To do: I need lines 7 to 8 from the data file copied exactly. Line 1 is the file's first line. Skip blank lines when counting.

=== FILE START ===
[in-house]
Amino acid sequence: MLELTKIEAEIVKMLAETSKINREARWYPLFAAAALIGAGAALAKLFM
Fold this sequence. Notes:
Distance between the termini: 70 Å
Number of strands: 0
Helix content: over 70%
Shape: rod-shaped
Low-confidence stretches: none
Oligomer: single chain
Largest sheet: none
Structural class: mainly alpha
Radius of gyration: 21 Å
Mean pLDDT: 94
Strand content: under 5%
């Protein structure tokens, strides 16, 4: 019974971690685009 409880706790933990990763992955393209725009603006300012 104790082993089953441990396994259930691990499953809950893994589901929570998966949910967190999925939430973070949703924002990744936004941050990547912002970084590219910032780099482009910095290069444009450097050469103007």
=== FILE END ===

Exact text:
Shape: rod-shaped
Low-confidence stretches: none